In the image below, you can see men working on cleaning up and searching for survivors.








In this image you can see a US flag hanging from a beam, placed there by some workers. People who have seen this image and the number two on the ribs have asked if that signifies Tower 2. I really don't know. It could be or it could be a number put there during the construction for some reason.









The US flag was seen in many places that day but the ones at Ground Zero were the most poignant for me. This image of one of the surrounding buildings standing tall with the flag proudly displayed and the next image, just tugged at my heart, making me  proud to be an American!!




When I saw this, I smiled and felt very proud of this country and it's people, especially the first responders and the people working at Ground Zero. Amid all this destruction and sadness, there was a salute to the people who were gone but never forgotten.


I am proud of many things; Phyllis, my family, being of Italian descent and fiercely proud of being an American. Those planes killed thousands, hurt our economy and our national psyche but we are Americans and we will come back just like Ground Zero is coming back.  As our President said we are bigger then our problems!!
 See this link to see the new Tower!


With the help of more statesmen and less politicians, we will do it and we will never forget!! 
This image was taken in New York the next day!!!





44 comments:

BlogNostics said...

Really interesting and informative post Jim.
It was an event that not only shocked or saddened America but also the rest of the world. I remember being glued to the tele that night for us here.

It's good to be patriotic but not to the expense of other nations and never in revenge.

cheers A

JIM said...

I agree 1000% but revenge is a natural feeling when a attack is place on your family. It was and remains a trying time for all of us.

Jessica M said...

Wow...I got goosebumps reading this post. Really profound reflections and haunting photos. I remember that day well. I was on interstate 95 on my way to college in New Haven CT when I heard about the planes hitting the towers. I remember stopping at a local D&D, everyone just stood in silence watching the footage on a tv mounted on the store's ceiling. We all were shocked and horrified. What a sad, sad day.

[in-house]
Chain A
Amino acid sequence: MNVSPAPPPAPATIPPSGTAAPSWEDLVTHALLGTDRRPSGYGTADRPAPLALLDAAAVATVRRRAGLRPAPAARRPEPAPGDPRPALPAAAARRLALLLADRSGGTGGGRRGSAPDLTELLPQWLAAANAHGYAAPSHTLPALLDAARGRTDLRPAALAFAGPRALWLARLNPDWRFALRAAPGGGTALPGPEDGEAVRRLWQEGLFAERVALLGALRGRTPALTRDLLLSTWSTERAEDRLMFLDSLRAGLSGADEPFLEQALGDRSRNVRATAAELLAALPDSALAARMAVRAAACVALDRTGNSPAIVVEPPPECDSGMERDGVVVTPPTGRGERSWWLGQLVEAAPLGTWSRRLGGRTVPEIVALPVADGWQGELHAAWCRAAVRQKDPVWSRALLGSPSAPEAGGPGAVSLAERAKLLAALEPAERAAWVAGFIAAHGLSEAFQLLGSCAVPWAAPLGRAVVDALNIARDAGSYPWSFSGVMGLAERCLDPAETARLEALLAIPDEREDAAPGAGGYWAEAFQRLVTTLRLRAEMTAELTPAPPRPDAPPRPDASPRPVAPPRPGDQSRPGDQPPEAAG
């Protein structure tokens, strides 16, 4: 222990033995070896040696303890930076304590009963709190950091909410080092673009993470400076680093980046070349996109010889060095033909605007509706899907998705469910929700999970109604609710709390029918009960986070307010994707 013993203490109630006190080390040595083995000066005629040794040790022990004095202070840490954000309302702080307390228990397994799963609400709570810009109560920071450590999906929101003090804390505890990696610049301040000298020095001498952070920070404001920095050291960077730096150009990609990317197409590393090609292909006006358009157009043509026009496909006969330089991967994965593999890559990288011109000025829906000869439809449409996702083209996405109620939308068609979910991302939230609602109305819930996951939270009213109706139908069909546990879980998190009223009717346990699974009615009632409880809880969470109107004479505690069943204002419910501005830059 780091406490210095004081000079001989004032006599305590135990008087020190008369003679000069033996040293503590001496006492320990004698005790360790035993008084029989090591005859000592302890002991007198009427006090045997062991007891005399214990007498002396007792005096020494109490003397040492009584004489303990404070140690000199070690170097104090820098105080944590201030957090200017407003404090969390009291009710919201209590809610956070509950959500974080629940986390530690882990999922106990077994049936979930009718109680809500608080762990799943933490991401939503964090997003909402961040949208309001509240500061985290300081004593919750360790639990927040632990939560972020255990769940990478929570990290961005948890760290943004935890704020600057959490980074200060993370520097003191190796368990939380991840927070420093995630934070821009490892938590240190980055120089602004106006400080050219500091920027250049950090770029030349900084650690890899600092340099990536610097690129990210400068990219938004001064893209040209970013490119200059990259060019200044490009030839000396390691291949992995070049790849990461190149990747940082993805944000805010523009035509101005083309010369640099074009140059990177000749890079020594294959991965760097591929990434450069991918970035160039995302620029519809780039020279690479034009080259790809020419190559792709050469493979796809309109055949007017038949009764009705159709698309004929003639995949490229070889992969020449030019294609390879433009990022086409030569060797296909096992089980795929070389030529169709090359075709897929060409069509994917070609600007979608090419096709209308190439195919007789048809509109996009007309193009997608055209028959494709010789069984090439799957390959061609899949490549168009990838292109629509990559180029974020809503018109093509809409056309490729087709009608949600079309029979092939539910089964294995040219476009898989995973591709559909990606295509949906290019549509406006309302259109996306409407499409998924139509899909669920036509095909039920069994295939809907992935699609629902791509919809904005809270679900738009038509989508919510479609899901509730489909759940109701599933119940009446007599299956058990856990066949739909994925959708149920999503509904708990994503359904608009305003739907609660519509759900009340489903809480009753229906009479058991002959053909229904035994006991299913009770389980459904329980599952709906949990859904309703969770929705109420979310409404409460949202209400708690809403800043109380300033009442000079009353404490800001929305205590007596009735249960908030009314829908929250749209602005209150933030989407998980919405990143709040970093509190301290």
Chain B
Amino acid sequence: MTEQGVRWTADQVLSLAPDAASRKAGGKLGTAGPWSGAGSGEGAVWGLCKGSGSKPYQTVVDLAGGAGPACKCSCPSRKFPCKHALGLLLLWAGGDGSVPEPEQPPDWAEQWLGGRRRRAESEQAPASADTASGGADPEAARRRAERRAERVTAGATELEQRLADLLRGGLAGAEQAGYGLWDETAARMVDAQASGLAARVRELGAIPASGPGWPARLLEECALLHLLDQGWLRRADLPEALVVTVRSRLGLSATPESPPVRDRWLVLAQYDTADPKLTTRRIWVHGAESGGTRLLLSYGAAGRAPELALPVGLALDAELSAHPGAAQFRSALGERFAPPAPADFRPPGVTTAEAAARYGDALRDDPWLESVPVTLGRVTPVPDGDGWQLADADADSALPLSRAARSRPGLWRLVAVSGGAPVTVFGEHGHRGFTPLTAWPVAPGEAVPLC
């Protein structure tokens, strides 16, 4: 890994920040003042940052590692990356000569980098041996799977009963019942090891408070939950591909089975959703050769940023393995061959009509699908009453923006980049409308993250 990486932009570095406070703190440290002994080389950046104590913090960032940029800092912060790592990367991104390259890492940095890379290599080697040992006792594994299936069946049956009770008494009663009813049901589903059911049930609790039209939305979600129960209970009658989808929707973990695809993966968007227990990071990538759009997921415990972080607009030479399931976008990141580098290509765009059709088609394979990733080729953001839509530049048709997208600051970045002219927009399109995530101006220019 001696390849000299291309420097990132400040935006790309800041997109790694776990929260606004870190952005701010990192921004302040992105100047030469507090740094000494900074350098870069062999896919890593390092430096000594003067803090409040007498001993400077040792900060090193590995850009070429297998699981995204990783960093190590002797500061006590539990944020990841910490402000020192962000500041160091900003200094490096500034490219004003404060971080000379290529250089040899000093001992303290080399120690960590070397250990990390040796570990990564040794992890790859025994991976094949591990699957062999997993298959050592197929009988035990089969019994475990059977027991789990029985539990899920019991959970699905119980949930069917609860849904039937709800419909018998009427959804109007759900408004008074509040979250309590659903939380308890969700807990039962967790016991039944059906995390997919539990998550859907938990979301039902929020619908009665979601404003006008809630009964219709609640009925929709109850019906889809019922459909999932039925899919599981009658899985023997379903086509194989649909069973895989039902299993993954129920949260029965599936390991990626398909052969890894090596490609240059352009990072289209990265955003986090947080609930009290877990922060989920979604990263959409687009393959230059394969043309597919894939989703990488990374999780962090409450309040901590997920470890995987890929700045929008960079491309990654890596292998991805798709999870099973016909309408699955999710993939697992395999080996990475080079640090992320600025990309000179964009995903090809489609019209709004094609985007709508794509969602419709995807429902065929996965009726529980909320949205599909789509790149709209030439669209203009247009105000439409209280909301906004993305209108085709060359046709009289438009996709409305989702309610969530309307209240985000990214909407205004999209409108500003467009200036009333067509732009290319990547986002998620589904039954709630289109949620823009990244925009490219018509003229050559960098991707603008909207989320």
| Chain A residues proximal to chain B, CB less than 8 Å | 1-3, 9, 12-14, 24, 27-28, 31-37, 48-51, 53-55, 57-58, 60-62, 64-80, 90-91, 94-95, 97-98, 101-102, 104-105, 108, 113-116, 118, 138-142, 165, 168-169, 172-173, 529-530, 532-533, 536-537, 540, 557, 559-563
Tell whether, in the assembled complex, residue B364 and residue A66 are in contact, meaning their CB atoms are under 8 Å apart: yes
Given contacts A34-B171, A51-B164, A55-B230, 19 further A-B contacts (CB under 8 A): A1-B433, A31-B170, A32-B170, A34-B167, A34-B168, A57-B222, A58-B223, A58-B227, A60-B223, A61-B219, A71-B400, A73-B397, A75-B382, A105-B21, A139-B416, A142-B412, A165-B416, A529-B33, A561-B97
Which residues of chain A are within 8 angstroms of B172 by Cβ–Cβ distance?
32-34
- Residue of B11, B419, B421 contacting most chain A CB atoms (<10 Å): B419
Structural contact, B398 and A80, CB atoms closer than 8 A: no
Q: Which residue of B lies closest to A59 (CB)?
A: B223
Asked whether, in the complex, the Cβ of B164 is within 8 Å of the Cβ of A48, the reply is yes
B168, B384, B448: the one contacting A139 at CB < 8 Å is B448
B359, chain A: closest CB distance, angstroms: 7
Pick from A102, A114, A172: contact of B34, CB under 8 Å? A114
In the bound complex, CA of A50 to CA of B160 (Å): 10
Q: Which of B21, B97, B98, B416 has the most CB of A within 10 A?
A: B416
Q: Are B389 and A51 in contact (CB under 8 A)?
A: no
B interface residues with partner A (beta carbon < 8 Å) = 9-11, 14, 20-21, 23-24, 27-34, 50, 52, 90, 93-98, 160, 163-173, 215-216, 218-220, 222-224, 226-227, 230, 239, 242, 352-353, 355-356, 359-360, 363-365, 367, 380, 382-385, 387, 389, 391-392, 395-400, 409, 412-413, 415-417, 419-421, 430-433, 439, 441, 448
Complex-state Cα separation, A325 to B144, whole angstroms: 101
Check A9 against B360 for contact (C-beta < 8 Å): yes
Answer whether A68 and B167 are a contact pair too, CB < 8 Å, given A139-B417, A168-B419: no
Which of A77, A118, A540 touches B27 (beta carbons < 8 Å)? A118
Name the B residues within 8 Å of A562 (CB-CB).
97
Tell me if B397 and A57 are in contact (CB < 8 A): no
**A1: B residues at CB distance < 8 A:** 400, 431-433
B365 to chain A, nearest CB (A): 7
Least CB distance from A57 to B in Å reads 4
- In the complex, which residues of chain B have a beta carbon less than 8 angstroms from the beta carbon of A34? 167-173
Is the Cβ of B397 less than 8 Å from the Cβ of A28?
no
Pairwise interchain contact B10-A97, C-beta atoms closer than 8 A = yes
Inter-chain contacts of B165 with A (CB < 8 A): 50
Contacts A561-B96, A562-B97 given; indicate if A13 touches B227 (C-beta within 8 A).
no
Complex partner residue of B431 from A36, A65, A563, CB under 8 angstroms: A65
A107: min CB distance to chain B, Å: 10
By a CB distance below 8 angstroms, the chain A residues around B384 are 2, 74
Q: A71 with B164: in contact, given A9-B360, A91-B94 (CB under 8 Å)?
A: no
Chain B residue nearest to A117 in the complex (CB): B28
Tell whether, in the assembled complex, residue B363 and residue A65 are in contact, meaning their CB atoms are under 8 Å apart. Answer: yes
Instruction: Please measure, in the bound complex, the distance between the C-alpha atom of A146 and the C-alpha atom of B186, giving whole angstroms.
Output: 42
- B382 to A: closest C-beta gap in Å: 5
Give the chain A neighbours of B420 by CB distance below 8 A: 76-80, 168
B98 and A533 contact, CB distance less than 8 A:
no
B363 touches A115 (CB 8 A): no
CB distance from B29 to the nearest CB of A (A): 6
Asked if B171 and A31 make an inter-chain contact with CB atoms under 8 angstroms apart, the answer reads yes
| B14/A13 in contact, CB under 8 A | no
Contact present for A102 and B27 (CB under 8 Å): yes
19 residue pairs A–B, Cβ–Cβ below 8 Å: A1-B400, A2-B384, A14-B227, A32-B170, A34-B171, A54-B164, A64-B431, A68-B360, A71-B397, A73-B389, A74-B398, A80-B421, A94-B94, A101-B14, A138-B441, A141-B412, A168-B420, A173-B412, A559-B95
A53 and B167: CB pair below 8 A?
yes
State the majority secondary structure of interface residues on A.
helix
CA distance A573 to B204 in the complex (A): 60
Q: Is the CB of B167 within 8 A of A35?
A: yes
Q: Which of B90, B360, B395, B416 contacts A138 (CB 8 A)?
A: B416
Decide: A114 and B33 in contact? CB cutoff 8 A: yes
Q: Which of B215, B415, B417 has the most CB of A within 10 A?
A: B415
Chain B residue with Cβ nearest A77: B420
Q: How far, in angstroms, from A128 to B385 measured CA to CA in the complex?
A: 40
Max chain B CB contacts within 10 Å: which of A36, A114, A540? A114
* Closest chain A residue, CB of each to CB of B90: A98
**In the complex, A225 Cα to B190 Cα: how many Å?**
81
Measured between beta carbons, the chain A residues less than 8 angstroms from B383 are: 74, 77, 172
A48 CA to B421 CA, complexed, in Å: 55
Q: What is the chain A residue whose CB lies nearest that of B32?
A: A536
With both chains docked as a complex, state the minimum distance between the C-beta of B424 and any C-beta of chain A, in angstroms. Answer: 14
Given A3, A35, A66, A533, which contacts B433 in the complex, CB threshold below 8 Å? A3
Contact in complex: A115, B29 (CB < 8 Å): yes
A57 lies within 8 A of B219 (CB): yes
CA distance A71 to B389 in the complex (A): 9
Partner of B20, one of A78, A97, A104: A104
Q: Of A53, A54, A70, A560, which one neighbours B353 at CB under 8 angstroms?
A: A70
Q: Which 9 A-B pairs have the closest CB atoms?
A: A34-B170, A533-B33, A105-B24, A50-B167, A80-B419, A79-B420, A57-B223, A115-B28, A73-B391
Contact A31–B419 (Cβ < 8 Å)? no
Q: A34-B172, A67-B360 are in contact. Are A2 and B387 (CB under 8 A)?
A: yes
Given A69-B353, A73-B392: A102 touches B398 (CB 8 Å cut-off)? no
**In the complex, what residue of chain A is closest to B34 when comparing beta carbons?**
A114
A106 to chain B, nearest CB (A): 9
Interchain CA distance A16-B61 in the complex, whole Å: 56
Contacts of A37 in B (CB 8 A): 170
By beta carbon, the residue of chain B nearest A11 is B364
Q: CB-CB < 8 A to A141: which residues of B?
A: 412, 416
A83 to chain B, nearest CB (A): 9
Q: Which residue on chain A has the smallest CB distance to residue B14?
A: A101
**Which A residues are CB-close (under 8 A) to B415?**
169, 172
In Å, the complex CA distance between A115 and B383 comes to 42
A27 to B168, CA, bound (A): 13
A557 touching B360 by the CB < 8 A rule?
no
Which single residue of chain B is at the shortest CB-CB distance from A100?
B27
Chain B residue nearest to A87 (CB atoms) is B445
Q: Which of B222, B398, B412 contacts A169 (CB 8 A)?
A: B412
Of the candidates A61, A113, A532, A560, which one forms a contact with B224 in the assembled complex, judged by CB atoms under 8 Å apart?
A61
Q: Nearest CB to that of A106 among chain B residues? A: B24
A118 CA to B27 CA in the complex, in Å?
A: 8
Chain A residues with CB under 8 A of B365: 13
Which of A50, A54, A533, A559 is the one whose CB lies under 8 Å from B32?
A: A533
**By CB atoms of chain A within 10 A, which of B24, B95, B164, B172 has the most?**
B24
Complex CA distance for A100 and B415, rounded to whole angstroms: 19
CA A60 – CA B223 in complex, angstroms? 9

Irene said...

Commemorating the 9-11 attack still gives me chills. One of the worst tragedies that ever happened to mankind. Your photos are beautiful. They made me feel the doom that surrounded NYC that day.

Siddhartha Joshi said...

Somehow I just can't look at the images still, its just too painful to think what happened that day...

But your post is great, manages to touch the right cord. I was still doing my graduation then, and these were the most shocking images we ever saw on TV then...

JIM said...

Jessica I will teel you something I had not looked at these images for 10 years, I just couldn't. For the 10 year anniversary I decided to remember it in my way.

Iren and Siddhartha thank you for visiting and now following our blog. It was a horrible day for my country and I think the world. In many ways we have not recovered fully. We will!!

Savira Gupta said...

Those images and that day is etched forever in peoples hearts mores for those that were in it or lost a loved one ....

melissa said...

I was in Liturgy class when I heard the news from my colleagues. I remembered how affected they were and I didn't know anything about it. It brought sadness to a beautiful month and persists with the tragic death of many. I remembered for many years questions such as 'why did this happen?' and 'who should pay for it?' kept repeating themselves.

I stayed with the images you took (they gave me the shivers) and prayed for your country and for all of you out there.

911 is a universal call for emergency...9/11 is a universal call towards healing...and rebirth...

Love and prayers America!

Portia said...

Ten years on,the evil still stalks!
I remember how my mom closed my eyes by her hand then,but I felt her sobs through her trembling hand..
-PORTIA

JIM said...

Savira yes it is in our hearts, well said!!

Melissa your words are always touching, I as an American appreciate them

Portia.. Thank you so much for sharing this intimate moment. It is what I was hoping to hear from people


Thank You all

Kati said...

This is too hard for me to read, but I did Jim. A reminder to never forget that day.

JIM said...

Kati It was hard to photograph , the hardest I have ever had

Jan said...

Jim,an excellent post, stark and true photos of a time of true devastation of our country and beautiful reflections about who we are. As I looked at your photos I was taken back to a horrible time, yet I never want to forget that time or the people we lost that day to the hands of angry, misguided people. The flags oh those flags, what beauty I see there. Thank you Jim for this.

Bongo said...